Posted in Poetry

Mesquite Bend: The Wall


30 days poetry

This Small-Town Rebellion

Rumor has it the first slash
of black paint across the new brick
outside the Piggly Wiggly appeared
within a week of Charlie’s hiring
of that Curtis boy, the youngest

in a long line of cotton pickers,
the first Curtis to make it to tenth grade
and counting.  Since the word, America,
seemed impossible to scrub away
without offending at least somebody,
it stayed, a brazen reminder

that each generation seeks
its own two feet.  As the war
in Asia flashed across the television
screens each night, body bags
mixing with casserole dinners
until no one thought about the faces
beneath the thick, black plastic,

more words followed.  Clean words
like love, mercy and peace.  This town,
Mesquite Bend, embraced them,
especially when a brave soul dared
to scrawl the name of their first war hero
in bright red in the middle of the wall.

In the ’70s, the paper first made
the act of putting one’s name
on the fast-filling brick official,
capitalizing the Wall in black and white.

Today, each Senior takes a midnight
ride past the dark glass of the grocery store
and sprays a message for eternity,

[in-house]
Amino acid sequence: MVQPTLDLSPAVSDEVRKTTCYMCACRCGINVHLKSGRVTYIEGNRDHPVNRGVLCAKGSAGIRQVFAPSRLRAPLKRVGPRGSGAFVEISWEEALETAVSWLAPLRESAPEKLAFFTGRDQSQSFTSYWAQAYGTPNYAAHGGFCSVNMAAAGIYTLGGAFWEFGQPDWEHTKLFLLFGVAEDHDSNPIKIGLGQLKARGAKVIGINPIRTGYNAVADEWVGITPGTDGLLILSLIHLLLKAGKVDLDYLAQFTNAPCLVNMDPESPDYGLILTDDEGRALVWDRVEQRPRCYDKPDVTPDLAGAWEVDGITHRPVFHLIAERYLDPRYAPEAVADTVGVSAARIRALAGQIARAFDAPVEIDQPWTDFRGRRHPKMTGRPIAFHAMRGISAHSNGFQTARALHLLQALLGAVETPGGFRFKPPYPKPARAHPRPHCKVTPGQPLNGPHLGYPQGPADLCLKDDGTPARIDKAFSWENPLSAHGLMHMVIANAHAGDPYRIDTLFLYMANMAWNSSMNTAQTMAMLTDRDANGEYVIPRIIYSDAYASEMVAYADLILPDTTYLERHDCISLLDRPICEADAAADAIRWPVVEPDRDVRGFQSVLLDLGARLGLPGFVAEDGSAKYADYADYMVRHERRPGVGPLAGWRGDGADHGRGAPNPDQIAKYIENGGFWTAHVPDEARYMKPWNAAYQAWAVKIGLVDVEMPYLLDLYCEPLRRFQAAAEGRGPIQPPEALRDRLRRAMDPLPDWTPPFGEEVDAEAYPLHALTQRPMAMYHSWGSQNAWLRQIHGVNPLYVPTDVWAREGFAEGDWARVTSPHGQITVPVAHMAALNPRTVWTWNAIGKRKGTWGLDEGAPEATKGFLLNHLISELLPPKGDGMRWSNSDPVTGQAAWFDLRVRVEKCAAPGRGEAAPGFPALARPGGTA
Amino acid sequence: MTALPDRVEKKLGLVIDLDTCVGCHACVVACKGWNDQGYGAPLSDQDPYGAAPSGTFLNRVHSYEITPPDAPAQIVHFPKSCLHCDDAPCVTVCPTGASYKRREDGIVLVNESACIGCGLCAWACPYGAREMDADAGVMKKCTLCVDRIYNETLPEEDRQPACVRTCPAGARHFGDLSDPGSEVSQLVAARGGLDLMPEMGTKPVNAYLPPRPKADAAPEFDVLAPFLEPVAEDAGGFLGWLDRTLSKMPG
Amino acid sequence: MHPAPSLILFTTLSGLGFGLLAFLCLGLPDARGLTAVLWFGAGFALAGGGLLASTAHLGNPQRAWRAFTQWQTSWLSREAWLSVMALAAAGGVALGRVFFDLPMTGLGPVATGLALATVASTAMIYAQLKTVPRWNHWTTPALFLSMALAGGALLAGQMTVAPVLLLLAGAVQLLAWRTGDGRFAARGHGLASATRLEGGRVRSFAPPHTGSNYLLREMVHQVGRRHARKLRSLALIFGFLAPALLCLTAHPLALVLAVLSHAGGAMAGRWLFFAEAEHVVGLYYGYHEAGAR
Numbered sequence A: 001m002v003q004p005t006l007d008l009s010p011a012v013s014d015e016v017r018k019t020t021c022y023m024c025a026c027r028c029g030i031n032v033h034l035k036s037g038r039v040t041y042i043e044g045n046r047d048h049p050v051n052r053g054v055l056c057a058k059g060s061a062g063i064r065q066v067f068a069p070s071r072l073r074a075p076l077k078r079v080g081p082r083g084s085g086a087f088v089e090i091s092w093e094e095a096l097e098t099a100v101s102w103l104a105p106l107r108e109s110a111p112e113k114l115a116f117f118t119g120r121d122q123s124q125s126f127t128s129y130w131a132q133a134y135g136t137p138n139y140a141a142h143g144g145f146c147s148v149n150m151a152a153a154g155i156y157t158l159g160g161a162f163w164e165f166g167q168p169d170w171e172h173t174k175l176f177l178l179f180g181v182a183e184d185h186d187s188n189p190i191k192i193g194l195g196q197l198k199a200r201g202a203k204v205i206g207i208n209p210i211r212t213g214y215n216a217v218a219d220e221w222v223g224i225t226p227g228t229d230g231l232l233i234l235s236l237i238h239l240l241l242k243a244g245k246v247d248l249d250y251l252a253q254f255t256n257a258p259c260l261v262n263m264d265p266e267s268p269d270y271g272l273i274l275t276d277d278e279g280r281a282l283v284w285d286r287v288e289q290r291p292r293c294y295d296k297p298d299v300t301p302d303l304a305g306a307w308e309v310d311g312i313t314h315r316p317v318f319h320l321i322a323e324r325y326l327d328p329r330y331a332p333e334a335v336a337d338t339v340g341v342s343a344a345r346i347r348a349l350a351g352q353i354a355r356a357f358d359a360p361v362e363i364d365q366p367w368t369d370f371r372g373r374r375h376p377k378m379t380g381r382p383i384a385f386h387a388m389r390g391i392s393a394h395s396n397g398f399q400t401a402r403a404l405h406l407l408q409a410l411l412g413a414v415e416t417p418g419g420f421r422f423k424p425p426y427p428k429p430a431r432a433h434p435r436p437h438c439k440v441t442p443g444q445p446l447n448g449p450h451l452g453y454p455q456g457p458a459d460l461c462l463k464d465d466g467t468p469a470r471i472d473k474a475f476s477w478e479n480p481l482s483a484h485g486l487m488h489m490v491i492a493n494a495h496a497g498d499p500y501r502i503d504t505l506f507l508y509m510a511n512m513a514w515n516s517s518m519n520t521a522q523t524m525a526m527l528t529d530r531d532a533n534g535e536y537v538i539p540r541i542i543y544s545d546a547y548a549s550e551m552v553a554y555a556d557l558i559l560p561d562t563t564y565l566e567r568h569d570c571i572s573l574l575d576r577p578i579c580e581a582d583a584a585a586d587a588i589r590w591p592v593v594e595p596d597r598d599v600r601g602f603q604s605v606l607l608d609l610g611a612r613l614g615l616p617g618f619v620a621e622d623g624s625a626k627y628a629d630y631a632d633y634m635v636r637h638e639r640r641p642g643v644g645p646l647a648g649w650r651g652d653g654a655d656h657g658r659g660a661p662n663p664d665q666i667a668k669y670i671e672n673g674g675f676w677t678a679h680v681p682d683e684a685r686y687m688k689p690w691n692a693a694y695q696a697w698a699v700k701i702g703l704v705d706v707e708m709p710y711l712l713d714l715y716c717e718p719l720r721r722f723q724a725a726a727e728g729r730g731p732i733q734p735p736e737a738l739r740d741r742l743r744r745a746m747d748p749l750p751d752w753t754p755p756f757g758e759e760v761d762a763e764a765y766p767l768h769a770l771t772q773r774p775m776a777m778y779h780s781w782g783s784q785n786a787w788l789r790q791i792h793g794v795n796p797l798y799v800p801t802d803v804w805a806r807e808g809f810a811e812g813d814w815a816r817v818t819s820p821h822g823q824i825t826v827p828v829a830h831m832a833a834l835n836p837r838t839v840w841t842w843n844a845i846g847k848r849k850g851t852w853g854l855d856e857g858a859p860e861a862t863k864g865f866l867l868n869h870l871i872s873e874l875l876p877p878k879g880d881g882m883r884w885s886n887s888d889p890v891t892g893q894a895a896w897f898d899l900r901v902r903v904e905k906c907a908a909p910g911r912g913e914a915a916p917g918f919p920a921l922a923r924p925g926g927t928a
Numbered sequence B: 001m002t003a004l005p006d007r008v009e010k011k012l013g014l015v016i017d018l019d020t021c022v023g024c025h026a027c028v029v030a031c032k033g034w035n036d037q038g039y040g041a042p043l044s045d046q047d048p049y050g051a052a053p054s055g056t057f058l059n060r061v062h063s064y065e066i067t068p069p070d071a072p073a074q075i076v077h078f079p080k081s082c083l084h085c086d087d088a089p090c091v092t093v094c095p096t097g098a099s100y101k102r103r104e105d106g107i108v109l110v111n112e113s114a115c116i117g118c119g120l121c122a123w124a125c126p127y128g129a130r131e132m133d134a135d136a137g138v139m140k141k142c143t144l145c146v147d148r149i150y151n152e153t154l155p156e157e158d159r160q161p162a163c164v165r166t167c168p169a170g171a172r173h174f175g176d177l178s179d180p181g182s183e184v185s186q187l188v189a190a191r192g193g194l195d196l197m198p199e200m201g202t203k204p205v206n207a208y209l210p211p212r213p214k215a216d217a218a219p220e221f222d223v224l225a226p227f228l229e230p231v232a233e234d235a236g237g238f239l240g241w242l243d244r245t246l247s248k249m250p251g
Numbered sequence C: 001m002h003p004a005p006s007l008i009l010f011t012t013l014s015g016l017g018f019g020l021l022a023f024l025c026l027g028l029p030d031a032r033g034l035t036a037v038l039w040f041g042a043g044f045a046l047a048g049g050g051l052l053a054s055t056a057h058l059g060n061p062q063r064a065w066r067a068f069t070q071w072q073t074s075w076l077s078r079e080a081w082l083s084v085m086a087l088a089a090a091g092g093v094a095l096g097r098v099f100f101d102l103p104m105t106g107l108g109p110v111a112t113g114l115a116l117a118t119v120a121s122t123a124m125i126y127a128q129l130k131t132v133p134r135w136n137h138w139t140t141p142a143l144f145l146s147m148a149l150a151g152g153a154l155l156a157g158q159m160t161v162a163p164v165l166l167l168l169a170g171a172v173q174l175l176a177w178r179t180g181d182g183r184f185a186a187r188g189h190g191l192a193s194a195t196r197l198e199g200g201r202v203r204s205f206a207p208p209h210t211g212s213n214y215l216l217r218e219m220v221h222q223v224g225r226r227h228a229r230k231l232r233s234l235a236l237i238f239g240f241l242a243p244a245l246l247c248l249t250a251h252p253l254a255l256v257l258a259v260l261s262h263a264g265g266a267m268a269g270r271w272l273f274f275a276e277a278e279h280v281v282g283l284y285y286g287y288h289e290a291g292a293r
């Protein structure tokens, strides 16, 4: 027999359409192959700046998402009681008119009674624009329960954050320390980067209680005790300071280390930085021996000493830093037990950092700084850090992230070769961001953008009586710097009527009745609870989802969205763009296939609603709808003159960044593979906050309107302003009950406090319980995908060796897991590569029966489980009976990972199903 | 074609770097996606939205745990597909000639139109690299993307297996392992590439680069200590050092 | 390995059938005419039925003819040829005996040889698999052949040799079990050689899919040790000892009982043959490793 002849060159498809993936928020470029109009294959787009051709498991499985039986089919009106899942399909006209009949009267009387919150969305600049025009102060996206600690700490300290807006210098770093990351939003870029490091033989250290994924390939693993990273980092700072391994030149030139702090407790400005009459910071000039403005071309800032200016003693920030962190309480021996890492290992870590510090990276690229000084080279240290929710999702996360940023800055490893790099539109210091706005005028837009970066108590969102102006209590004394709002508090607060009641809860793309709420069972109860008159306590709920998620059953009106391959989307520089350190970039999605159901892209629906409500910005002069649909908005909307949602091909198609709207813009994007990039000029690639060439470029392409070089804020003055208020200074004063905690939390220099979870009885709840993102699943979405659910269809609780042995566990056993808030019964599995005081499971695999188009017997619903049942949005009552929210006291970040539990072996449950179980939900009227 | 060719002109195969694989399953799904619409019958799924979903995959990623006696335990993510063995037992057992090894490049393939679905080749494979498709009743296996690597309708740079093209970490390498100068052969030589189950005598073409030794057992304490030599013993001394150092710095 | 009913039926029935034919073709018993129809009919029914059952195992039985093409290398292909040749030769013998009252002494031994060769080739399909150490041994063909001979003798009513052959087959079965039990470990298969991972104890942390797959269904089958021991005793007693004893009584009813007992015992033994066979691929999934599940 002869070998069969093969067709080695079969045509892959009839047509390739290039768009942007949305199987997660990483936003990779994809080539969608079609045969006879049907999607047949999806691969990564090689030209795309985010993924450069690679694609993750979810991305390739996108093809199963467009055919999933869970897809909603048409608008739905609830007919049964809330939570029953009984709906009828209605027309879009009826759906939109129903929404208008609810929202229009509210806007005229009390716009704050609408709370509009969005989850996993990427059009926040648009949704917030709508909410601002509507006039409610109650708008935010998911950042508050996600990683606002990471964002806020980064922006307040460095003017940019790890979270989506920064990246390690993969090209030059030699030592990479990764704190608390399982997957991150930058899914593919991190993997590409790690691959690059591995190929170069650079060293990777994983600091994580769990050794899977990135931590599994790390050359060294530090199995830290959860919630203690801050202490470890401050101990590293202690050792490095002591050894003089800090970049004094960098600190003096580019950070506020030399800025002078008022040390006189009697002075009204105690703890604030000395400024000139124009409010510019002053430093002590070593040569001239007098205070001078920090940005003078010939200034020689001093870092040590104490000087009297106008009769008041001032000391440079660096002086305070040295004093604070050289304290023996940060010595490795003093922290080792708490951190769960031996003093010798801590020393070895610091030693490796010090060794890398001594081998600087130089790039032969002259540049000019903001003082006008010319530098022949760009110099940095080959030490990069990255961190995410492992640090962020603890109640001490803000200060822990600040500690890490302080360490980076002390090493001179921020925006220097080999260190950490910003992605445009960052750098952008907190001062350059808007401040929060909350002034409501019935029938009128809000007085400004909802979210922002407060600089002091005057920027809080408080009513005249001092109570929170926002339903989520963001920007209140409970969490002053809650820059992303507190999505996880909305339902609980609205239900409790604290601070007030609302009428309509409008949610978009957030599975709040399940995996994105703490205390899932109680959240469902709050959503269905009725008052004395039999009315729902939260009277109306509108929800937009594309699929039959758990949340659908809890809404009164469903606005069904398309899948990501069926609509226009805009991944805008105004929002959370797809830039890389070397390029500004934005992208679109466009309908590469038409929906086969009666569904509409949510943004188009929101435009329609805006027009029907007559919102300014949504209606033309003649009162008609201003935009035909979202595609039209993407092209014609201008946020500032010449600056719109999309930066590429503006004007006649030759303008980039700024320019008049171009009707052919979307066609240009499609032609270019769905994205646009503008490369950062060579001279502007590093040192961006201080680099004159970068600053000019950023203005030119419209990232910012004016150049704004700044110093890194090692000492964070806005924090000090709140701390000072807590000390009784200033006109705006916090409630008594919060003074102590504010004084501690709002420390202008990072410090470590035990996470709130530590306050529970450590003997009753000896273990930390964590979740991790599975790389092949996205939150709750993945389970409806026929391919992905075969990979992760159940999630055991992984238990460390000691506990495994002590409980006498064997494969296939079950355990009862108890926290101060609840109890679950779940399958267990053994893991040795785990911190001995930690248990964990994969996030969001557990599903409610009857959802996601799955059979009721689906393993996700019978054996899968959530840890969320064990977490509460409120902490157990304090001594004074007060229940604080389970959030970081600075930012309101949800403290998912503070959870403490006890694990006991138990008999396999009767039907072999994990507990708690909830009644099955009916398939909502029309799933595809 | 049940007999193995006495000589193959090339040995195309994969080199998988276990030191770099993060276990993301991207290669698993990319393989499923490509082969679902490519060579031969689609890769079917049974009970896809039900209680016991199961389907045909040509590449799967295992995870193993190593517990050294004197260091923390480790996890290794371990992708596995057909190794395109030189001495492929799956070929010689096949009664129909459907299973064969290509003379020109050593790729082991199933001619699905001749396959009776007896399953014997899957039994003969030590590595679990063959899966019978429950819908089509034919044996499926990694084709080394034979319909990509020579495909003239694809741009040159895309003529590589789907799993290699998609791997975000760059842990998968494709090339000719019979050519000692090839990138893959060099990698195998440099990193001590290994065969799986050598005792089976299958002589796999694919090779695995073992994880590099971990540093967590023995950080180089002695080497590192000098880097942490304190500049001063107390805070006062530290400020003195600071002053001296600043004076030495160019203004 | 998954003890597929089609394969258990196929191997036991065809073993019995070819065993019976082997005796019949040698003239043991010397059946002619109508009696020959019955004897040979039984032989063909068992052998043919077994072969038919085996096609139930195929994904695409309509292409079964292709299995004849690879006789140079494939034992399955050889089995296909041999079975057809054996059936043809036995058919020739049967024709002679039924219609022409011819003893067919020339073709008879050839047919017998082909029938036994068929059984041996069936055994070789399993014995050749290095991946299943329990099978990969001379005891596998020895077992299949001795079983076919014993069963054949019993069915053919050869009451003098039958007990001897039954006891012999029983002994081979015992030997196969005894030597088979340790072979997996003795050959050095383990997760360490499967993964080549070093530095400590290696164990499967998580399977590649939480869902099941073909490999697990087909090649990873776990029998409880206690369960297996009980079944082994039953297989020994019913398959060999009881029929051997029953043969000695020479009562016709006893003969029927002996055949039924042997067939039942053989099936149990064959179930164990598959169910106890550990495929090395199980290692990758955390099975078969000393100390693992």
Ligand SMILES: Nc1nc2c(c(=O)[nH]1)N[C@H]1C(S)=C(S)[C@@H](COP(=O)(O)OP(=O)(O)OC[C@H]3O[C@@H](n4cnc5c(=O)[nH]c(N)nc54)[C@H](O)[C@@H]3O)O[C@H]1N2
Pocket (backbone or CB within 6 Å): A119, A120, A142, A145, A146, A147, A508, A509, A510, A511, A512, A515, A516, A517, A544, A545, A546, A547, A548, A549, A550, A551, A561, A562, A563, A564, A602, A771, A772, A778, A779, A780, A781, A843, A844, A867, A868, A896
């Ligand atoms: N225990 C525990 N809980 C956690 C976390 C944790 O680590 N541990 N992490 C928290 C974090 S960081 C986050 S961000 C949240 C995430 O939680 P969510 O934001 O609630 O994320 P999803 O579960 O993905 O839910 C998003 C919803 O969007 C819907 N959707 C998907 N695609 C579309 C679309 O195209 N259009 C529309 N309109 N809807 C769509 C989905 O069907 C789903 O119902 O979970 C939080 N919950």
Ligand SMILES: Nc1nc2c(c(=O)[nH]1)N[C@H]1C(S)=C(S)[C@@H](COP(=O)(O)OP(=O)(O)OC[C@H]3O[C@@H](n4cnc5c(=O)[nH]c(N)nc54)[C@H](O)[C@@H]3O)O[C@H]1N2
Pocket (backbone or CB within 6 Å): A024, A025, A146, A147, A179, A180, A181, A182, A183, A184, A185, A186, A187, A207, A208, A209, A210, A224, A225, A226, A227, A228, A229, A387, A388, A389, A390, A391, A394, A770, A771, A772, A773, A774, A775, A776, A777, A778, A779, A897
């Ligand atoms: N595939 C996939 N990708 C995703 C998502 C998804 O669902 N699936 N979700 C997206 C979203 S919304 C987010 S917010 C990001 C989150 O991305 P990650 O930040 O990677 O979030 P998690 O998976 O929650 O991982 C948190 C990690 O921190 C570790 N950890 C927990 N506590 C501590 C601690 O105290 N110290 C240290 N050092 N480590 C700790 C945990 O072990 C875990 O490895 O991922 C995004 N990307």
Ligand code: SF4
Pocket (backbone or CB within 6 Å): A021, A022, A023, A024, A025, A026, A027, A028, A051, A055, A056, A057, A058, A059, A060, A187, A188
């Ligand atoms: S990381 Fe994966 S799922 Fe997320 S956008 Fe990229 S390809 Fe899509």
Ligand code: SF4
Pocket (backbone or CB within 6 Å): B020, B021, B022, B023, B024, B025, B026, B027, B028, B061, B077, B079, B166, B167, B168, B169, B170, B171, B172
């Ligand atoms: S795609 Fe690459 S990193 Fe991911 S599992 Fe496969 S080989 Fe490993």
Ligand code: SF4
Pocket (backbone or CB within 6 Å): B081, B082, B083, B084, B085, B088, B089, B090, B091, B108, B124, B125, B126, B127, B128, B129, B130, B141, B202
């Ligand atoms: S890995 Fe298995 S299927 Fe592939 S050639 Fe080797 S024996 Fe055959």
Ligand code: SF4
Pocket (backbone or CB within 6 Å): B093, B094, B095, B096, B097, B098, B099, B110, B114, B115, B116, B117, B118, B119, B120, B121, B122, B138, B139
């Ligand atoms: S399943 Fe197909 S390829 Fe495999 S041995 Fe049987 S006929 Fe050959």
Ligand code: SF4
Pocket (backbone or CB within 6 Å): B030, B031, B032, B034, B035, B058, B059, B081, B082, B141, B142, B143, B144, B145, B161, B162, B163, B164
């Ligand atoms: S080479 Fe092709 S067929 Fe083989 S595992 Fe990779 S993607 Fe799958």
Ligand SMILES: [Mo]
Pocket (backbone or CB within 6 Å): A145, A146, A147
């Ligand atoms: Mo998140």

the rite of passage a dedication
to a world where even a blink in the road
makes a mark on what is possible.

Ramona Levacy
April 8, 2015

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Author:

I am a 40-something Texan with a feisty cat and a supportive husband of 20 years. With a Master's degree in English with an emphasis on creative writing, I have taught creative writing at Texas Tech, won awards for my writing and been blessed to be mentored by Horn Professor and poet Dr. Walt McDonald. I earn a living by helping my husband's family run a health food store, but my avocation is writing. I hope you enjoy reading about some of my triumphs and tragedies as I continue to work on figuring out what life is all about and on growing my ability to share my writing. May your own journey be a blessed one.

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